How to Block Crochet

By Marie Mulrooney

If you're in a hurry, you can finish your crochet project, seam any separate pieces together, weave the loose ends and put it straight to use. But if you want your project to look as professional as possible, you should block the pieces before seaming them together. Taking the time to block your crochet sets the stitches, creates clean, even edges and ensures that individual pieces identical dimensions and come together easily when seamed.

Spray Blocking

Fasten each crochet piece to a blocking board. Pin the corners first, measuring and gently stretching the fabric to the appropriate dimensions. Then work along the edges, pressing T-pins through the crocheted fabric to hold it in place and create a straight, even edge. Expect to use quite a few T-pins, because you must place them very close together to create an even edge.

Spritz your crocheted pieces with a spray bottle until they're thoroughly wet, then leave to dry. Depending on your local humidity, this could take a day or two, depending on how thoroughly you saturated the fabric.

Remove the pins and seam the pieces together, as necessary, once each crocheted piece is completely dry.

Wet Blocking

Lay your crocheted pieces in a plastic tub or, for large items, in the bathtub. Fill the tub with just enough cool water to cover the crocheted fabric.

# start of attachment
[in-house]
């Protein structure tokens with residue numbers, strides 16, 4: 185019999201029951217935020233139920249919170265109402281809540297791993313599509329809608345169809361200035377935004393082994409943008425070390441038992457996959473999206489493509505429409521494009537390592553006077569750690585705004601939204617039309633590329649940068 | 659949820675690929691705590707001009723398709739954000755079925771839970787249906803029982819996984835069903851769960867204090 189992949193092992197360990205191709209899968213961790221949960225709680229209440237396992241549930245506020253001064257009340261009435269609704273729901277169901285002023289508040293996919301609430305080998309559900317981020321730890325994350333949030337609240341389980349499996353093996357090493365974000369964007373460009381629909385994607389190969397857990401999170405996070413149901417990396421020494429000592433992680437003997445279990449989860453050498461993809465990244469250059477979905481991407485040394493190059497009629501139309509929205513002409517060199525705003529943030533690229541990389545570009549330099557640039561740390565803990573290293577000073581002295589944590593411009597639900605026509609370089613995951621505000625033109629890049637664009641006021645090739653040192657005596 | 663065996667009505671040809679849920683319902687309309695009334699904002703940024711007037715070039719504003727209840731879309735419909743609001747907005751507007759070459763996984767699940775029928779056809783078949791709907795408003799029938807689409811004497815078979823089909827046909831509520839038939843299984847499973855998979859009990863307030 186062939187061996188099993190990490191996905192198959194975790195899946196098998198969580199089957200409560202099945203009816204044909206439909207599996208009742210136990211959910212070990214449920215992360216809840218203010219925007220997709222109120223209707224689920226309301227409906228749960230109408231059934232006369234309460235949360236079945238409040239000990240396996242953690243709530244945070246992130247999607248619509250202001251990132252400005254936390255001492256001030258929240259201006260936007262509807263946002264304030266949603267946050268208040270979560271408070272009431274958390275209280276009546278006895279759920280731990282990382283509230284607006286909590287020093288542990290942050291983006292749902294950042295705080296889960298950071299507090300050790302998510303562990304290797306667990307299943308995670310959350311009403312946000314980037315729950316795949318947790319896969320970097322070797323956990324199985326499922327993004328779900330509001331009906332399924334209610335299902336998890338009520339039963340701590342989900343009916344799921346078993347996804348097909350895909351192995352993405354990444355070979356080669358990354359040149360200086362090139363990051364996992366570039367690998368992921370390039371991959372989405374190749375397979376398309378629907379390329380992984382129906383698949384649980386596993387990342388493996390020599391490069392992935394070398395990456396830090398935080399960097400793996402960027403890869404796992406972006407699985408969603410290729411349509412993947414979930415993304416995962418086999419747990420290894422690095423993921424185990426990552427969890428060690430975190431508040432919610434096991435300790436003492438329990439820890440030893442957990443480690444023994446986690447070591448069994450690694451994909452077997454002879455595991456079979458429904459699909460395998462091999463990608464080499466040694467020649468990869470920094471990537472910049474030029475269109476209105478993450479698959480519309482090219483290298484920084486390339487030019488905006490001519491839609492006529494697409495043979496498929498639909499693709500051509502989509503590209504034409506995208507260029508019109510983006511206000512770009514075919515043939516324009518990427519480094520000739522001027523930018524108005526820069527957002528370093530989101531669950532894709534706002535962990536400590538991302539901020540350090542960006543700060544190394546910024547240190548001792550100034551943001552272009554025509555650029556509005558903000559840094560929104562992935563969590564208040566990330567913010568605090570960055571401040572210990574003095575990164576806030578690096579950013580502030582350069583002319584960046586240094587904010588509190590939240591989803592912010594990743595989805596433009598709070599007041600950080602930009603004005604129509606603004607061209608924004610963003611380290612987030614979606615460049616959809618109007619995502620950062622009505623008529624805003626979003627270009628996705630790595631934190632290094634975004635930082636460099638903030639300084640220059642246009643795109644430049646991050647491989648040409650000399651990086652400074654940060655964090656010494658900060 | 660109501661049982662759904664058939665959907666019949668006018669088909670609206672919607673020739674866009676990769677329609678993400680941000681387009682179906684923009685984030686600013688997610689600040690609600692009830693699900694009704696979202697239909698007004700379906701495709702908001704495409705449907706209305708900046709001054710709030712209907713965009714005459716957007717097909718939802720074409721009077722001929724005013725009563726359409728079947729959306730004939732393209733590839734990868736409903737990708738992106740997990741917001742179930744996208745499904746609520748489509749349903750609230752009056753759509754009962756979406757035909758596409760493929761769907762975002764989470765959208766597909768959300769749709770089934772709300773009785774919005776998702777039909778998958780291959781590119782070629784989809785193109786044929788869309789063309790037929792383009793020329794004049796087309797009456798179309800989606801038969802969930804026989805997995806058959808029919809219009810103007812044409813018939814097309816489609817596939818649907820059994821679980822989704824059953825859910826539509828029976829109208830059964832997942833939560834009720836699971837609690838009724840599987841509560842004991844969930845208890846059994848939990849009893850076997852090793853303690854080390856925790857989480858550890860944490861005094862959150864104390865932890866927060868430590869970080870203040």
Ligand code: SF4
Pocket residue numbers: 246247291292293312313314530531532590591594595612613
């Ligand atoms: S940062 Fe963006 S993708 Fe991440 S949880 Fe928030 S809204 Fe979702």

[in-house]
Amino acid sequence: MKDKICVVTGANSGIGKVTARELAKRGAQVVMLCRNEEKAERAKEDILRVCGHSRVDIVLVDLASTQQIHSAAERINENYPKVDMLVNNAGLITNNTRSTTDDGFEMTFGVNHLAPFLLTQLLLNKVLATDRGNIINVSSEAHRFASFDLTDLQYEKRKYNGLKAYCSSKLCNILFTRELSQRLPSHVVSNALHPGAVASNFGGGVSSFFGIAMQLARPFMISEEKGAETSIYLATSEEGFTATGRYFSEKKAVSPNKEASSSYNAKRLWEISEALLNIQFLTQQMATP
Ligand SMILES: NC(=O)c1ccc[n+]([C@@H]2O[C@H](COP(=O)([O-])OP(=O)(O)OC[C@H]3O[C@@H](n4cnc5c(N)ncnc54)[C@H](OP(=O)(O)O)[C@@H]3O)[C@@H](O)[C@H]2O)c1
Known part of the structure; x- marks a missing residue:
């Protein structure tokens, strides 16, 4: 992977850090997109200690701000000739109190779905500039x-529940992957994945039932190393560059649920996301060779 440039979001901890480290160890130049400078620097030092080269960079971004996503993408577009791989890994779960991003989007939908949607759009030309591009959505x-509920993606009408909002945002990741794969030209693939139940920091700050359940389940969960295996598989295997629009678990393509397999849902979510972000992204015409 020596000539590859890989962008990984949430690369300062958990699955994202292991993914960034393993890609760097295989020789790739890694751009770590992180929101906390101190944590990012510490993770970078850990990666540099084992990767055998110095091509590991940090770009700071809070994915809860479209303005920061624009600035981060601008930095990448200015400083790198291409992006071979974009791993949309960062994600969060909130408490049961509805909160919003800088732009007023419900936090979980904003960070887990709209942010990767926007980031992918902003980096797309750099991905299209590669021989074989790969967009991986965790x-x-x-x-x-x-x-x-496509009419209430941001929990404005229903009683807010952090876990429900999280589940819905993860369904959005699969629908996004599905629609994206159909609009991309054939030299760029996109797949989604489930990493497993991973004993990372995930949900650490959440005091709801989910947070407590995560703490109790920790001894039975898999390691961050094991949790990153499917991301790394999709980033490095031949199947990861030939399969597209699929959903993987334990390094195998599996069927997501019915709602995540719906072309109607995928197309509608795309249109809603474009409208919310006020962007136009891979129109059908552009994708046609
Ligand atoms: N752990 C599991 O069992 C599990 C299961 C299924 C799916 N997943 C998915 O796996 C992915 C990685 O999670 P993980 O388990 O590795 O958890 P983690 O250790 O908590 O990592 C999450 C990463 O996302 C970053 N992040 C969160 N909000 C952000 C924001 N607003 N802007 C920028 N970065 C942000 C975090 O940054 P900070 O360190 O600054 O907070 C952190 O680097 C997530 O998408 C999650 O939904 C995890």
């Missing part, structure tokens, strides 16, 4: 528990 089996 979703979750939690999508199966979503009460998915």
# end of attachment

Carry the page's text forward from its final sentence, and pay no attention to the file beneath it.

Lift the fabric gently out of the water -- wool is fragile while wet, and cotton can stretch out of shape -- and lay it on a flat towel. Lay another towel on top of the wet crochet and press down to gently squeeze as much water out as possible. Don't wring or twist the fabric.

Remove the uppermost towel and transfer the damp fabric to either a dry towel or a blocking board. Carefully stretch it to the desired dimensions, measuring and pinning as you go.

Remove the pins once the crocheted fabric is completely dry.

Steam Blocking

Pin the crocheted fabric in place on your blocking board, a sturdy towel, or a piece of clean, well-padded carpet.

Fill a steam iron with water and heat it until it produces full steam. You can also use a handheld garment steamer.

Move the steamer or iron slowly across the crocheted fabric, holding it just above the fabric's surface. Never let the iron and steamer touch the fabric. Continue steaming until the fabric is thoroughly wet. Don't use this method with acrylics, which may melt under the heat.

Leave the crocheted pieces to dry. Once they're fully dry, remove the pins and do any seaming necessary.

Tip

Choose your blocking method according to which fibers you crocheted with; wet or steam blocking is ideal for wool, but for silk, acrylics and other relatively fragile fibers, do spray blocking instead.

If you don't have a blocking board, make your own with fabric-covered foam, or pin your crochet to a clean, well-padded carpet.